Actually Read Through the Inspection Report

A home inspection done by a professional shouldn’t take more than three or four hours, afterwards you’ll have a full report to read through. If there are any potential problems found in the home, they’ll be noted on the report (usually with pictures). Keep in mind that most homes will have some issues, the key is to finding the worst issues before you sign. Use this information from the report to asses whether or not it’s worth buying and fixing, or moving on, in some cases you can use this information to renegotiate the price.

Some of the more common problems found on a home inspection list include:

  • Faulty Wiring: Wires without wire nuts, open junction boxes.
  • Faulty Plumbing: Low water pressure, water stains on ceilings.
  • Poor Drainage: Soggy areas in the yard, leaks in basement.
  • Bad Gutters: Clogged gutters, basement dampness.
  • Foundation Flaws: Small cracks, sticking doors and windows.
  • Poor Maintenance: Chipped paint, worn shingles, cracked driveway.

All of these issues are an easy fix with the right contractor, and shouldn’t be considered deal breakers when making a decision on a home. However, if any of the following issues are noted on the report, you may want to reconsider before signing anything.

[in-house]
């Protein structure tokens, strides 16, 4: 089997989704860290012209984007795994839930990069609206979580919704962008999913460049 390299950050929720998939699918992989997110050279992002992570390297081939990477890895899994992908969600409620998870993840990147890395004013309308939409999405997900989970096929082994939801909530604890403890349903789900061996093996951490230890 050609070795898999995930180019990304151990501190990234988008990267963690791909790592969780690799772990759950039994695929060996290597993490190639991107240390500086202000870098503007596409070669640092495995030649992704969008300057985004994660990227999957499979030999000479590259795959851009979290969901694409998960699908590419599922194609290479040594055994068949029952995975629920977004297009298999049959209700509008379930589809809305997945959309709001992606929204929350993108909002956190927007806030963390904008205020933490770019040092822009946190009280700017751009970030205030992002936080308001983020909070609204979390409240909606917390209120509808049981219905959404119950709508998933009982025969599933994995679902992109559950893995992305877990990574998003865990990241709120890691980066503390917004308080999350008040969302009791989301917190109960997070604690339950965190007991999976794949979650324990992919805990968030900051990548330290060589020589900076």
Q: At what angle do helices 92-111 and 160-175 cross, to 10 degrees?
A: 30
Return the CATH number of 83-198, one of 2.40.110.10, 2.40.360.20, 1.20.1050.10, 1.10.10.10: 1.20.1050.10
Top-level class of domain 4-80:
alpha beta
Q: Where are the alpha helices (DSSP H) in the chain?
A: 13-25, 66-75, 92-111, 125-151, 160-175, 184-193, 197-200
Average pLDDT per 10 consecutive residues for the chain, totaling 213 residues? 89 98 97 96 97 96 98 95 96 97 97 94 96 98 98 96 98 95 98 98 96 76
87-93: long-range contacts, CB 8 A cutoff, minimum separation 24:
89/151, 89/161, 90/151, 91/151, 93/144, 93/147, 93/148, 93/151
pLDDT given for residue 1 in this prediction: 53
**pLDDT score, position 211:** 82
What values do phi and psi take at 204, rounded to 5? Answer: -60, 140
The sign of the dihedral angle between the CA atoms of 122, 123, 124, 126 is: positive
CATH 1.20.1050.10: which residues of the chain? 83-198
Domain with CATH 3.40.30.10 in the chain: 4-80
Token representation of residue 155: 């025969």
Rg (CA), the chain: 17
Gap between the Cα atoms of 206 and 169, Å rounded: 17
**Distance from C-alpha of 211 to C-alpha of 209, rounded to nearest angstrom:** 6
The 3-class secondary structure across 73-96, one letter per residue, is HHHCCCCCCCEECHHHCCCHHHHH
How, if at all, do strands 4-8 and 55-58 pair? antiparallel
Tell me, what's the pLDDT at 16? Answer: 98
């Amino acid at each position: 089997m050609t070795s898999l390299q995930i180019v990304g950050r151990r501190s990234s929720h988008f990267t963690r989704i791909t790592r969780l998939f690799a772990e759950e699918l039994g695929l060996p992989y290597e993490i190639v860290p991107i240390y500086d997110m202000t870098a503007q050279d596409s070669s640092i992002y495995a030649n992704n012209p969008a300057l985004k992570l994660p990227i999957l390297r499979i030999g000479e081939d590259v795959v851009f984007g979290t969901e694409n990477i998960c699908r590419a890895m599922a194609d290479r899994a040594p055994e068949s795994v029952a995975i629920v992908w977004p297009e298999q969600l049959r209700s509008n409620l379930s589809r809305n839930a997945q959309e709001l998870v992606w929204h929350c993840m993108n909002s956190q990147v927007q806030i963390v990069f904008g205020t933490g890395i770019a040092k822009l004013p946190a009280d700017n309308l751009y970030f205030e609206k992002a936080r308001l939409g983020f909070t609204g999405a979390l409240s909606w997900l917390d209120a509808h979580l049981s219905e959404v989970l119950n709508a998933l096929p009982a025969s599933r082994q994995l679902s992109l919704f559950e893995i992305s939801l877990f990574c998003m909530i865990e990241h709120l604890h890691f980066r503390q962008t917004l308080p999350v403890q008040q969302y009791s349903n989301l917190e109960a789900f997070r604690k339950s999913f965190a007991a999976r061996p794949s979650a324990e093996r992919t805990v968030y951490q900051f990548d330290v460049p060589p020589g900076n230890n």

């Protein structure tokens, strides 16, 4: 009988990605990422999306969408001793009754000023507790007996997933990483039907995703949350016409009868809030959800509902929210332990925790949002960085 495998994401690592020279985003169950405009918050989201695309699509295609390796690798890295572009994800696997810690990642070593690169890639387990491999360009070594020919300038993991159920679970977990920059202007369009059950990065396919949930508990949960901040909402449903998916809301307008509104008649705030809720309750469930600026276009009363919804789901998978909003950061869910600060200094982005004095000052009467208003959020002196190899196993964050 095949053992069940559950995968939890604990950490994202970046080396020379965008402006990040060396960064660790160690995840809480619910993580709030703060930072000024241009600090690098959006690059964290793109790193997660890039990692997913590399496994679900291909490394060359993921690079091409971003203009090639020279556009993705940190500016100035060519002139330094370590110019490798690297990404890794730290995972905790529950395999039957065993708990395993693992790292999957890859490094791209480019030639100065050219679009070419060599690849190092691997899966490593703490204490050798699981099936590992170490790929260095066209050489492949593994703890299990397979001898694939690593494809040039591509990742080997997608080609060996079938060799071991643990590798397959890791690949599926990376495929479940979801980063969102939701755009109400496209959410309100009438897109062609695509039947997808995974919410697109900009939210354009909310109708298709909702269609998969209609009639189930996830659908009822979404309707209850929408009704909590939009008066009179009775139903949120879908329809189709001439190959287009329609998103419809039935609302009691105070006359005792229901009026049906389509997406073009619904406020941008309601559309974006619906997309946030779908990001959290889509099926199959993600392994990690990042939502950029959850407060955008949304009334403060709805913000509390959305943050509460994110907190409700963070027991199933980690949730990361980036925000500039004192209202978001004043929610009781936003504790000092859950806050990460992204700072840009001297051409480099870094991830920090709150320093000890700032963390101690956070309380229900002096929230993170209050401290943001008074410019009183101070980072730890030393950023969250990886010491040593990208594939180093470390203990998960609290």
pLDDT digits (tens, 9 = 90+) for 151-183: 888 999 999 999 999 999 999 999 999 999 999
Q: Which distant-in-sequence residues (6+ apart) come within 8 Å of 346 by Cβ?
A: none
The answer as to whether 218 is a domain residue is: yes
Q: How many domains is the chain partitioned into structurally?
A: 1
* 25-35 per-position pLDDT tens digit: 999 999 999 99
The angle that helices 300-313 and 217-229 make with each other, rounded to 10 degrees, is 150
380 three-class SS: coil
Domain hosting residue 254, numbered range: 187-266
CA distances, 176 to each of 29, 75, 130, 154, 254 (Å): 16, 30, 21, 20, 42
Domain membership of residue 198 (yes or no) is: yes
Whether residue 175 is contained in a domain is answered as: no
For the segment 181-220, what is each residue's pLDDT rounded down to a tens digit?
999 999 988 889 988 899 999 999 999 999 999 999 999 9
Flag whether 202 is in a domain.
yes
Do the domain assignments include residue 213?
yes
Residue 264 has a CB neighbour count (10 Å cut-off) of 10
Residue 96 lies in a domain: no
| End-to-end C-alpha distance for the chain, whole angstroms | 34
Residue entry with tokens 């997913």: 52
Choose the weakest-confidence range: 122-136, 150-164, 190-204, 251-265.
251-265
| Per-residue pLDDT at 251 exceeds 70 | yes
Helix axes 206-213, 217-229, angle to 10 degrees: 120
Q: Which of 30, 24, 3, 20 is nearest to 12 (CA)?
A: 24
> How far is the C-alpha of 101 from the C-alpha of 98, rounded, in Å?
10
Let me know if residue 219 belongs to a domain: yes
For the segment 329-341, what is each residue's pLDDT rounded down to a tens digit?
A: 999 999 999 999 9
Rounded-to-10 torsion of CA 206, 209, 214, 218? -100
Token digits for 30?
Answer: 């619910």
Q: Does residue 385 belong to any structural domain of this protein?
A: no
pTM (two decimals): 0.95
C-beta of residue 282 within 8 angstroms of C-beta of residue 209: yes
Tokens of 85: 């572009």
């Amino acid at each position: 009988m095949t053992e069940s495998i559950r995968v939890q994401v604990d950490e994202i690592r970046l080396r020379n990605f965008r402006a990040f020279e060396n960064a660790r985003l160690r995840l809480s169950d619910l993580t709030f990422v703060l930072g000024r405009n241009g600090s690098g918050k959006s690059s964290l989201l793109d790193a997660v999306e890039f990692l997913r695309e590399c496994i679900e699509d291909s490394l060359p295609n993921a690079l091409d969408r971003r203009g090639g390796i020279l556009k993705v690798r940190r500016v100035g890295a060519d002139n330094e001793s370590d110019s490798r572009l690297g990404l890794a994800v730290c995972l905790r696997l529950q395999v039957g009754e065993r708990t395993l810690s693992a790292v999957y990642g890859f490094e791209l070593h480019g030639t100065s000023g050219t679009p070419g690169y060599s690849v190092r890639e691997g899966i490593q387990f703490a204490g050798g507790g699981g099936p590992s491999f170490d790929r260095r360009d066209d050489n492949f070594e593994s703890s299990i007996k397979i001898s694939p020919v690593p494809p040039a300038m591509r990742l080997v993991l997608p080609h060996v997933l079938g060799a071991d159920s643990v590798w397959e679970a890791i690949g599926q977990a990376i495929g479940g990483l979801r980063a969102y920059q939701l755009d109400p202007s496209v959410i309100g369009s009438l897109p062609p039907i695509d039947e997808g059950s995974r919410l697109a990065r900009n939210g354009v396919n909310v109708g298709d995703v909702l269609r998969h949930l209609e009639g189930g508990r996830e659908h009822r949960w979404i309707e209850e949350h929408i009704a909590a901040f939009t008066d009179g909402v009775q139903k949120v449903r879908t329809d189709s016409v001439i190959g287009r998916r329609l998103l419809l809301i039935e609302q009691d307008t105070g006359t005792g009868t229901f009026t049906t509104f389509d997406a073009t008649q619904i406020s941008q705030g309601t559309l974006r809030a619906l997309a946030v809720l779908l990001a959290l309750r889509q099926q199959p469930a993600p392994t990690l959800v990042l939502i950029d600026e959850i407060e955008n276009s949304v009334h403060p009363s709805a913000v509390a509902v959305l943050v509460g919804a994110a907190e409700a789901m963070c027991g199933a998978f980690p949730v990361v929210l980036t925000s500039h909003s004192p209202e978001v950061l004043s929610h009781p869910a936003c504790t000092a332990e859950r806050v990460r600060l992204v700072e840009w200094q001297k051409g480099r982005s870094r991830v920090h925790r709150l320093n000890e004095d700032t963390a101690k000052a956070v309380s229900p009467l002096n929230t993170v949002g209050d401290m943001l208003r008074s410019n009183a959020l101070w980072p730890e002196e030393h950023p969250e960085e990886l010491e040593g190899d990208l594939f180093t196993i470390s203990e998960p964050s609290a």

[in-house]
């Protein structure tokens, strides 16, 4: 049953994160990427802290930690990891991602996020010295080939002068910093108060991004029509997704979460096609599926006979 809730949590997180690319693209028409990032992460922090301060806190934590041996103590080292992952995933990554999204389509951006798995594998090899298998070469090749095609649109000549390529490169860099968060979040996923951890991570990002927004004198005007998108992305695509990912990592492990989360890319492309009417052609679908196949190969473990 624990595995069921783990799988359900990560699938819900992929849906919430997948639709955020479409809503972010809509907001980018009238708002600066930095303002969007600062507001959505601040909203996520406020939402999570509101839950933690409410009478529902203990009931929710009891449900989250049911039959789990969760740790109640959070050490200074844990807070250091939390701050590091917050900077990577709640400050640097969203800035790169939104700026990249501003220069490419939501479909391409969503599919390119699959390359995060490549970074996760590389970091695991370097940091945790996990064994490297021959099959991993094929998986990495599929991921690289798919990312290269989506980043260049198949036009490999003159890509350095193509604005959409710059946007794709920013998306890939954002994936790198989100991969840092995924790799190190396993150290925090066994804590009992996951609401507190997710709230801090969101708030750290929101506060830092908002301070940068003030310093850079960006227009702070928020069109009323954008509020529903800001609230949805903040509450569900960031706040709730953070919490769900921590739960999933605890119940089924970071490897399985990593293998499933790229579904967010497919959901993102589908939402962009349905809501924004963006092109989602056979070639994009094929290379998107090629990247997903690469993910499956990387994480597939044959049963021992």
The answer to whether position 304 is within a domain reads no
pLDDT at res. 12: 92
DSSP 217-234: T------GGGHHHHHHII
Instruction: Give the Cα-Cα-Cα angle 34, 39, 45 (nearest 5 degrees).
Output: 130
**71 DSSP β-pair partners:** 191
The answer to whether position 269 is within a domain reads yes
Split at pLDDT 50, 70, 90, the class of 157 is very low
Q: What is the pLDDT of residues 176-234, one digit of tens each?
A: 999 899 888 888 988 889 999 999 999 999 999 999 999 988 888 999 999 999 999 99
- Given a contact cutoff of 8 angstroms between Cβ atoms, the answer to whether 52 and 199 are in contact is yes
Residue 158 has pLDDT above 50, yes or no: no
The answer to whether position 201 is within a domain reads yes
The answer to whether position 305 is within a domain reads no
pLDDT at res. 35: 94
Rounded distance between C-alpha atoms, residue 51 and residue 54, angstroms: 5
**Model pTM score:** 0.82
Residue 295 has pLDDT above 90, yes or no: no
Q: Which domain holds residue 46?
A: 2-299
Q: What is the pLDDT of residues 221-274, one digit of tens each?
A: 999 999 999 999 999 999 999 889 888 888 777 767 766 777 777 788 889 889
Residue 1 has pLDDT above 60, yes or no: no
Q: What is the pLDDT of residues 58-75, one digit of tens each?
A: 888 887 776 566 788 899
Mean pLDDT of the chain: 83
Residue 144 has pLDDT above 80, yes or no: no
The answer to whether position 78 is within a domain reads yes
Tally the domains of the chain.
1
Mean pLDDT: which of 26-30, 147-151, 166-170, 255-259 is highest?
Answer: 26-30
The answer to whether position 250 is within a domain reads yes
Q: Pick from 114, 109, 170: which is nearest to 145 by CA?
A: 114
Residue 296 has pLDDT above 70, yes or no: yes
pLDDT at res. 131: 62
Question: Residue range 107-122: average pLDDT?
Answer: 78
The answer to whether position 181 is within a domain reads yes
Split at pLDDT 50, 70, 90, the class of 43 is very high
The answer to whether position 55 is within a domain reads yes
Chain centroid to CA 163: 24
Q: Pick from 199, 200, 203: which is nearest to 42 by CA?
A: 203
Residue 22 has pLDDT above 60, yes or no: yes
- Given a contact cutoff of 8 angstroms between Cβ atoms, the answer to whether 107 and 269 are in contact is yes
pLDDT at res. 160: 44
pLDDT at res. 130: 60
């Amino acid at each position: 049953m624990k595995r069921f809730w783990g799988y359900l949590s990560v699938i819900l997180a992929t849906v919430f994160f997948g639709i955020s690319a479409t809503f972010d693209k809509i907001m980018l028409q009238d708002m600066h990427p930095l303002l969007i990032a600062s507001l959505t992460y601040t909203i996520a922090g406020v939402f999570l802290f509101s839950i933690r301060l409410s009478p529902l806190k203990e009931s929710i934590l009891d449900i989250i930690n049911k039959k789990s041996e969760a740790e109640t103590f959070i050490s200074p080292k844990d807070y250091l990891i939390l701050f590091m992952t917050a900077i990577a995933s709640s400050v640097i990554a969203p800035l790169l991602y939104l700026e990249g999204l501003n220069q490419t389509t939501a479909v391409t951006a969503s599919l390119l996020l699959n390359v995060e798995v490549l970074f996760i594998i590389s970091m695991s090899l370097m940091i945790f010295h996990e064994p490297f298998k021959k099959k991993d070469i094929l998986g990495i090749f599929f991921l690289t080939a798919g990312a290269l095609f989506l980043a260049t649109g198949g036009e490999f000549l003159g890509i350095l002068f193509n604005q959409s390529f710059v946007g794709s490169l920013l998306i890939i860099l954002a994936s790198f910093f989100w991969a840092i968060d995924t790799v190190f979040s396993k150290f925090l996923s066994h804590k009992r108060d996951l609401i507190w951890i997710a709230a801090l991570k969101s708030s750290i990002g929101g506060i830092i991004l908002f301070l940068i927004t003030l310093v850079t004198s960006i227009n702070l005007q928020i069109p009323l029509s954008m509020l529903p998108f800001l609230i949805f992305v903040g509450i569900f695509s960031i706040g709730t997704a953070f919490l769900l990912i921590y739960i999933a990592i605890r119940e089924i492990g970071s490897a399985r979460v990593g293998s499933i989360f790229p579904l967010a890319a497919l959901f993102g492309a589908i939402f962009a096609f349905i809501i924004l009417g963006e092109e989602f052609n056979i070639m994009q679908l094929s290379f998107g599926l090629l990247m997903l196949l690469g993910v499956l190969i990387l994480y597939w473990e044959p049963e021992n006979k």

• Roof Needs Replacing: The average cost of a roof replacement is $7,000.
  • The House is in a Flood Zone: Use FEMA’s flood maps to determine if the home is at risk.
  • Major Foundation Issues: Hire a structural engineer to determine if those cracks are actually serious.
  • Aluminum Wiring: This type of wiring almost always needs to be replaced, a process that can cost thousands of dollars.

Remember these are some of the most expensive repairs you could find when looking for a new home, if any of these issues show up during the inspection it’s a good idea to consult with your real estate agent. They can check to see if the seller could be convinced into paying for the repairs, or even take money off the asking price. For issues found outside of the home, like flood zones, you should prepare yourself to tackle on an additional insurance cost.

If you really love a home and can see past it’s faults, don’t let any potential issues deter you from making an offer. If you have a good idea of the time and money you’ll need to fix any issues (if any) with your check list when looking for your new home then you will be fine. Take into consideration the findings of your inspector, and go through your own list so you can make a fully informed decision and hopefully move into the home of your dreams!

Remember when moving in and out you’re going to be throwing away a ton of stuff and maybe even doing some renovating of your own! Call us at Dumpster Rental Inc for an affordable roll off dumpster to help you tackle the mess of moving and renovating!